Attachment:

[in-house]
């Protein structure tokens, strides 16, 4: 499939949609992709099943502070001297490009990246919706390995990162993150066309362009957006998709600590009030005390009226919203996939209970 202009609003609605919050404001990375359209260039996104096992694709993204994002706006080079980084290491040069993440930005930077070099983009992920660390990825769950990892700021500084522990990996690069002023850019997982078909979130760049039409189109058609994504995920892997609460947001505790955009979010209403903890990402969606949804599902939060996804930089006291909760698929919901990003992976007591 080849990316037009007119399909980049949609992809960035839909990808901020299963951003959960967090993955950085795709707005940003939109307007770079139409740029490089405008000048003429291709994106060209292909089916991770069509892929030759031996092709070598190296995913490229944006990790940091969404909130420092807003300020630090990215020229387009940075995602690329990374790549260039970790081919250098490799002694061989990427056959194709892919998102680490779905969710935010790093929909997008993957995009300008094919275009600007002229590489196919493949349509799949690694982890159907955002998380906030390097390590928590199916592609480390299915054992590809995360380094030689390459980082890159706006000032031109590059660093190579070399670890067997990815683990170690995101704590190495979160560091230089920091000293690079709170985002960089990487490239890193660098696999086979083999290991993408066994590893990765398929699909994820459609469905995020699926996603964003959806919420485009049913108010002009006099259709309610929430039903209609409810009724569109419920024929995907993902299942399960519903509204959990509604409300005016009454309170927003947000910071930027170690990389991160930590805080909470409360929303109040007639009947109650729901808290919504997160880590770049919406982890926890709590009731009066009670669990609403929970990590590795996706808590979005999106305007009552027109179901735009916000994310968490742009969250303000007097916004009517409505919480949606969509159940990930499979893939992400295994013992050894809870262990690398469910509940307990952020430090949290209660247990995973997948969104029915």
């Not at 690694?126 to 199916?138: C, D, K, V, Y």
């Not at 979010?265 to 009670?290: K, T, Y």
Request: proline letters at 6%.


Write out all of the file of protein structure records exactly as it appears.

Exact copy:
[in-house]
């Protein structure tokens, strides 16, 4: 499939949609992709099943502070001297490009990246919706390995990162993150066309362009957006998709600590009030005390009226919203996939209970 202009609003609605919050404001990375359209260039996104096992694709993204994002706006080079980084290491040069993440930005930077070099983009992920660390990825769950990892700021500084522990990996690069002023850019997982078909979130760049039409189109058609994504995920892997609460947001505790955009979010209403903890990402969606949804599902939060996804930089006291909760698929919901990003992976007591 080849990316037009007119399909980049949609992809960035839909990808901020299963951003959960967090993955950085795709707005940003939109307007770079139409740029490089405008000048003429291709994106060209292909089916991770069509892929030759031996092709070598190296995913490229944006990790940091969404909130420092807003300020630090990215020229387009940075995602690329990374790549260039970790081919250098490799002694061989990427056959194709892919998102680490779905969710935010790093929909997008993957995009300008094919275009600007002229590489196919493949349509799949690694982890159907955002998380906030390097390590928590199916592609480390299915054992590809995360380094030689390459980082890159706006000032031109590059660093190579070399670890067997990815683990170690995101704590190495979160560091230089920091000293690079709170985002960089990487490239890193660098696999086979083999290991993408066994590893990765398929699909994820459609469905995020699926996603964003959806919420485009049913108010002009006099259709309610929430039903209609409810009724569109419920024929995907993902299942399960519903509204959990509604409300005016009454309170927003947000910071930027170690990389991160930590805080909470409360929303109040007639009947109650729901808290919504997160880590770049919406982890926890709590009731009066009670669990609403929970990590590795996706808590979005999106305007009552027109179901735009916000994310968490742009969250303000007097916004009517409505919480949606969509159940990930499979893939992400295994013992050894809870262990690398469910509940307990952020430090949290209660247990995973997948969104029915």
């Not at 690694?126 to 199916?138: C, D, K, V, Y």
């Not at 979010?265 to 009670?290: K, T, Y």
Request: proline letters at 6%.